Low-Budget Hydroformer Puts the Squeeze on Sheet Metal Parts

Between manufacturing technologies like 3D-printing, CNC routers, lost-whatever metal casting, and laser and plasma cutters, professional quality parts are making their way into even the most modest of DIY projects. But stamping has largely eluded the home-gamer, what with the need for an enormous hydraulic press and massive machined dies. There’s more than one way to stamp parts, though, and the budget-conscious shop might want to check out this low-end hydroforming method for turning sheet metal into quality parts.

If hydroforming sounds familiar, it might be because we covered [Colin Furze]’s attempt, which used a cheap pressure washer to inflate sheet metal bubbles with high-pressure water. The video below shows a hydroformer that [Rainbow Aviation] uses (with considerably less screaming) to make stamped aluminum parts for home-brew aircraft. The kicker with this build is that there is no fluid — at least not until the 40,000-pound hydraulic press semi-liquifies the thick neoprene rubber pad placed over the sheet metal blank and die. The pressure squeezes the metal into and around the die, forming some pretty complex shapes in a single operation. We especially like the pro-tip of using Corian solid-surface countertop material offcuts to make the dies, since they’re available for a pittance from cabinet fabricators.

It’s always a treat to see hacks from the home-brew aviation world. They always seem to have plenty of tricks and tips to share, like this pressure-formed light cowling we saw a while back.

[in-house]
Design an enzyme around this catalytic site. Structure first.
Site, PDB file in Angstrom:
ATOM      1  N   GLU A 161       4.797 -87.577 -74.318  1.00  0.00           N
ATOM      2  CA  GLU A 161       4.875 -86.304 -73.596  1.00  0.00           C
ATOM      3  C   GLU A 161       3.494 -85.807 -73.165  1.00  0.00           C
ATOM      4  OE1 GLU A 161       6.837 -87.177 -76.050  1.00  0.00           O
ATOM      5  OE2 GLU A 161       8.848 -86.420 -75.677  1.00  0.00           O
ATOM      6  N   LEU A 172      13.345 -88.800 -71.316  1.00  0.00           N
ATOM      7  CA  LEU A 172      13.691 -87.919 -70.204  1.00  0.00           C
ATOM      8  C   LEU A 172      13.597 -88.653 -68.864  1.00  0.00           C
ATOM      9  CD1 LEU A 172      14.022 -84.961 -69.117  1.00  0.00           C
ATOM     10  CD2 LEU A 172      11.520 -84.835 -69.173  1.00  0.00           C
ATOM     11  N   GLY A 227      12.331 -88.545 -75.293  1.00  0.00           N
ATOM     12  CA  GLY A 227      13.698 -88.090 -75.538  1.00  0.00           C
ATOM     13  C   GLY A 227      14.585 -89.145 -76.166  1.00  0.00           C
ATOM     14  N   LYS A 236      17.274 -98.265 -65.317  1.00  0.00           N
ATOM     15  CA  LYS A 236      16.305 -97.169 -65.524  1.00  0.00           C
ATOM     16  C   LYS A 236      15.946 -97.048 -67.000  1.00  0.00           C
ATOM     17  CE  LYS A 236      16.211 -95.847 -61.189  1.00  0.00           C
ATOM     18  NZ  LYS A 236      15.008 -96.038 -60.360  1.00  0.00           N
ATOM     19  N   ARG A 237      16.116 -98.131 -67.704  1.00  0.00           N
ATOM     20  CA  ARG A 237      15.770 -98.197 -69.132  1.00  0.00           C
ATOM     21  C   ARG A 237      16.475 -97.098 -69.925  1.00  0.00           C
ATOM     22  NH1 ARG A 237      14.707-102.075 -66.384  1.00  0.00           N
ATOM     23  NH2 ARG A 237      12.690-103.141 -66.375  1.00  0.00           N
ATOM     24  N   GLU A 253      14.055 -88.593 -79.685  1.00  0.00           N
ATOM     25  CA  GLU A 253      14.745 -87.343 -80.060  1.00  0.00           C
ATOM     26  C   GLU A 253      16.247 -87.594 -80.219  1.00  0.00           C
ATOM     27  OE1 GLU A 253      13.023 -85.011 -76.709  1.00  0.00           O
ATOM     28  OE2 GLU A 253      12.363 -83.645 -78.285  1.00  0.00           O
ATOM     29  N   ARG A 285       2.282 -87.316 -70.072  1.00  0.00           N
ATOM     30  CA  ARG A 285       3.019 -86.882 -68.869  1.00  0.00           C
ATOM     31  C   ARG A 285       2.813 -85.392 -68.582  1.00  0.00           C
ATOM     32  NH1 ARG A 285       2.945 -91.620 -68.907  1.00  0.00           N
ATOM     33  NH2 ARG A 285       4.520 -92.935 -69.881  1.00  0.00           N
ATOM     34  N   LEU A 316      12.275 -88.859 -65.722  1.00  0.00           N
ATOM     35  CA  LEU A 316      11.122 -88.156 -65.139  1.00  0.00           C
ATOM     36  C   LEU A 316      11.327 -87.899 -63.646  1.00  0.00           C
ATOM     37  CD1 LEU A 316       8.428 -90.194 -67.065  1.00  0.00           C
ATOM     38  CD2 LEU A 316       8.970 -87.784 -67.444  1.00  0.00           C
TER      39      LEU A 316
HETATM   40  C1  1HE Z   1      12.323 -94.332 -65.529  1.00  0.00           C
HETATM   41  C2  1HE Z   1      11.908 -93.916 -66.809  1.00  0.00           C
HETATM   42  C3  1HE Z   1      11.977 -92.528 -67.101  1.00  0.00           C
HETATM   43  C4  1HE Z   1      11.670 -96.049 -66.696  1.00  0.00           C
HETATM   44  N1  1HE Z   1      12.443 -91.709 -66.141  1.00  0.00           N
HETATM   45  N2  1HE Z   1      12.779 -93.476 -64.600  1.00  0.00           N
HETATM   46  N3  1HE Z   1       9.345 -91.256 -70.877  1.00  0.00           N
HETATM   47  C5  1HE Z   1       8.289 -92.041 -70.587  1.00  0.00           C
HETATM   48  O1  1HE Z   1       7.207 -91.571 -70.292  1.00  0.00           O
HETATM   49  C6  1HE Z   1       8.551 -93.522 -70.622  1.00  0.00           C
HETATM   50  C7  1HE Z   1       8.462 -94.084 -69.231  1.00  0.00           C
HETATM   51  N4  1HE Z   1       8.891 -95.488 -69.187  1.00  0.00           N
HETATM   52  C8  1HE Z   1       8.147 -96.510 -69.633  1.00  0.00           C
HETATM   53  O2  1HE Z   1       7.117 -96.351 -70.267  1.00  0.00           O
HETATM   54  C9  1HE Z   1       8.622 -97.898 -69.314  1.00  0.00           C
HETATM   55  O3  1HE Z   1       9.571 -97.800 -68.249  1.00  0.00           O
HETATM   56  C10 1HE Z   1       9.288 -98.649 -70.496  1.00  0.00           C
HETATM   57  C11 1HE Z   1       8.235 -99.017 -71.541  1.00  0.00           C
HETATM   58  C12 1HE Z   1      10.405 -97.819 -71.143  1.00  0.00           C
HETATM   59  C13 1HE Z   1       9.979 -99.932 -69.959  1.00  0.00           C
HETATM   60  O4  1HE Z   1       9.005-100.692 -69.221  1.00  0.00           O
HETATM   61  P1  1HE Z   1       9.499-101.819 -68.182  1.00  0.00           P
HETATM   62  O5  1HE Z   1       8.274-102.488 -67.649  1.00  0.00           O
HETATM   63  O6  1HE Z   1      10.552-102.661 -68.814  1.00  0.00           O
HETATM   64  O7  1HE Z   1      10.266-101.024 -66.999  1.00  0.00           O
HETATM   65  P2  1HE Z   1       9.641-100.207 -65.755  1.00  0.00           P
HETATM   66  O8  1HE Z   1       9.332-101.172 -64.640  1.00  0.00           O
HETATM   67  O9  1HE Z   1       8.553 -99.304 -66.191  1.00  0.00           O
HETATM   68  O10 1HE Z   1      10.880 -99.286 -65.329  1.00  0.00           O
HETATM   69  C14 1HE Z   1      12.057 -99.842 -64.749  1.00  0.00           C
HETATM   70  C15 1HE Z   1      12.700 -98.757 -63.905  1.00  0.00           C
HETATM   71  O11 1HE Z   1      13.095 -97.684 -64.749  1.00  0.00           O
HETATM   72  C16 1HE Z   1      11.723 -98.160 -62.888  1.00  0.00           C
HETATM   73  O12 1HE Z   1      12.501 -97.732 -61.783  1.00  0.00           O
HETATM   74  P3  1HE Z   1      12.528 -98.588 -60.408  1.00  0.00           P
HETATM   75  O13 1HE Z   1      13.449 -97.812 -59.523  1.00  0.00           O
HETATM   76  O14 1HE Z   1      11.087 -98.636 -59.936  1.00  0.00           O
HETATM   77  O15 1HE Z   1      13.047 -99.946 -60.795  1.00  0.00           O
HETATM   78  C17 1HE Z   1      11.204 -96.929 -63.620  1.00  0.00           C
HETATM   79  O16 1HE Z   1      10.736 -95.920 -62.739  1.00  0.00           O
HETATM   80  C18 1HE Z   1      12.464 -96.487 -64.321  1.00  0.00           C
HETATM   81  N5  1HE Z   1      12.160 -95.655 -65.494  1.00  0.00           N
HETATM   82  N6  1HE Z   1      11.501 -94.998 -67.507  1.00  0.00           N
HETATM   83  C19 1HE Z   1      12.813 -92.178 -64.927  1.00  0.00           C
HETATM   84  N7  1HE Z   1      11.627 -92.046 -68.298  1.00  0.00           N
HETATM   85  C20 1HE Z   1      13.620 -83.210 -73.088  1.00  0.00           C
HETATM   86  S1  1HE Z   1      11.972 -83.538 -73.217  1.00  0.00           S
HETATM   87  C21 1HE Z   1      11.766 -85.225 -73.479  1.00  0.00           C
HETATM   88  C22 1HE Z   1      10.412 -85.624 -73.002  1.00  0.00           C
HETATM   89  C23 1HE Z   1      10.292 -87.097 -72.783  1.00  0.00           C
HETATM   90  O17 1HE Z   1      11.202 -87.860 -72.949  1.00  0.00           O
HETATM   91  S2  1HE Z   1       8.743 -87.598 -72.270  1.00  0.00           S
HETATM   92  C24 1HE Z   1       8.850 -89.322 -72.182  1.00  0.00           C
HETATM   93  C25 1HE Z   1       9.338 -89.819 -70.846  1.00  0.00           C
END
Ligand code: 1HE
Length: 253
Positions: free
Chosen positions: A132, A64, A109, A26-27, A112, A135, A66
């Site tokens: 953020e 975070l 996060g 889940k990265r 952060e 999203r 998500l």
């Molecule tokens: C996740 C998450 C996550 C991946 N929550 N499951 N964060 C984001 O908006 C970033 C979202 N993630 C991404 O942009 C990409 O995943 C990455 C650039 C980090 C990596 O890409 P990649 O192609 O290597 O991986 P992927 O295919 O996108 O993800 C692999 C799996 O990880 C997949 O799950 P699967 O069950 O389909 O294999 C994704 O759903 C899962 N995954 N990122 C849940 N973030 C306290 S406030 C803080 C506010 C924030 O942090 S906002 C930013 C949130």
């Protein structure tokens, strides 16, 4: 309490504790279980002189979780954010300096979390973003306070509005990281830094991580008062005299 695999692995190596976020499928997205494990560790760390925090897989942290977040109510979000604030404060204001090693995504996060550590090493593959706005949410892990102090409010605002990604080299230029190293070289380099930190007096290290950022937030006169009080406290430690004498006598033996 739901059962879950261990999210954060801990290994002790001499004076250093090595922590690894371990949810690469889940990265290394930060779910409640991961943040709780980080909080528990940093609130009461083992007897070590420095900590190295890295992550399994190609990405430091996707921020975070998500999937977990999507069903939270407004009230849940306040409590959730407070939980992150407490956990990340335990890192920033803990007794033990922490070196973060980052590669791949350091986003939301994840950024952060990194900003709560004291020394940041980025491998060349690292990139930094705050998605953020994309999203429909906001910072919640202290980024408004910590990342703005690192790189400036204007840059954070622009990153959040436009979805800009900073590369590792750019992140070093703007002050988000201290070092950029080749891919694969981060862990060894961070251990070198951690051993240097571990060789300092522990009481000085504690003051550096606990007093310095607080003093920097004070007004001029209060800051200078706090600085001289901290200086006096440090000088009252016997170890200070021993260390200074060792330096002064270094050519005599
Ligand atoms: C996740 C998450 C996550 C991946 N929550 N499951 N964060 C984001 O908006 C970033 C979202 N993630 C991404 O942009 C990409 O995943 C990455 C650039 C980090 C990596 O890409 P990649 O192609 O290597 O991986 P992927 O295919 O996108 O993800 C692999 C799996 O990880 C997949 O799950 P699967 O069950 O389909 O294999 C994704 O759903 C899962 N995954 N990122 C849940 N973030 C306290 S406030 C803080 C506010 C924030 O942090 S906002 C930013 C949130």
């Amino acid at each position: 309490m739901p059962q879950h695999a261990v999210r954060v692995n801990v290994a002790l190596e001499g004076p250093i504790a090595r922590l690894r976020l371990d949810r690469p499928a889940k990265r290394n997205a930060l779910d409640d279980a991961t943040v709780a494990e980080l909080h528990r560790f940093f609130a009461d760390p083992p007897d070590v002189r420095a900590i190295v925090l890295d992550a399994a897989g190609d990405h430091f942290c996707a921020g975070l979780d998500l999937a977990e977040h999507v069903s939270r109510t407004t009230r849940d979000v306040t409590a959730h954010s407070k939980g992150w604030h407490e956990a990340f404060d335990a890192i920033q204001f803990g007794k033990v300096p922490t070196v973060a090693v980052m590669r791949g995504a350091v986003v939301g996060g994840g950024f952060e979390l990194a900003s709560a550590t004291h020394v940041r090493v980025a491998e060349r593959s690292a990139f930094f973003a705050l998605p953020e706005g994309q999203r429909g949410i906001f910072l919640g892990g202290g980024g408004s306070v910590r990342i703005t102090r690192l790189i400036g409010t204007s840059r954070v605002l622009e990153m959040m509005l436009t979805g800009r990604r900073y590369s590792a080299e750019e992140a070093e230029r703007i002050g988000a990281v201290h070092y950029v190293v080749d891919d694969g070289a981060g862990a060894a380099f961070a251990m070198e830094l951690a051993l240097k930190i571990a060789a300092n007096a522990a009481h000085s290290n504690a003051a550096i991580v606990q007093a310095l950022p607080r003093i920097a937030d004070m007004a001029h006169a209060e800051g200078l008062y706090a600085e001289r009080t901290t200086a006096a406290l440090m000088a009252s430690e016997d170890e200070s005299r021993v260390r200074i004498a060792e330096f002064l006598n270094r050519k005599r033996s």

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Hydroforming in the Garage with a Pressure Washer

Ever heard of hydroforming? It’s a manufacturing process used to form sheet metal into shapes using water at extremely high pressures. Not something you can do at home… unless of course you’re [Colin Furze].

Hydroforming works by evenly distributing pressure via water (conveniently, in-compressible) against sheet metal inside of a mold. Many automotive parts are created in this fashion. Typical systems run at around 15,000 PSI.

After building a giant pulse jet engine (complete with butt) to fart on France, [Colin] got the idea from a YouTube comment to try to do hydroforming at home — bending the sheet metal for the giant derriere wasn’t that easy. Hydroforming on the other hand is a surprisingly simple process. Weld some sheet metal together, add a pipe fitting to connect your cheap pressure washer and boom — hydoformed metal parts.

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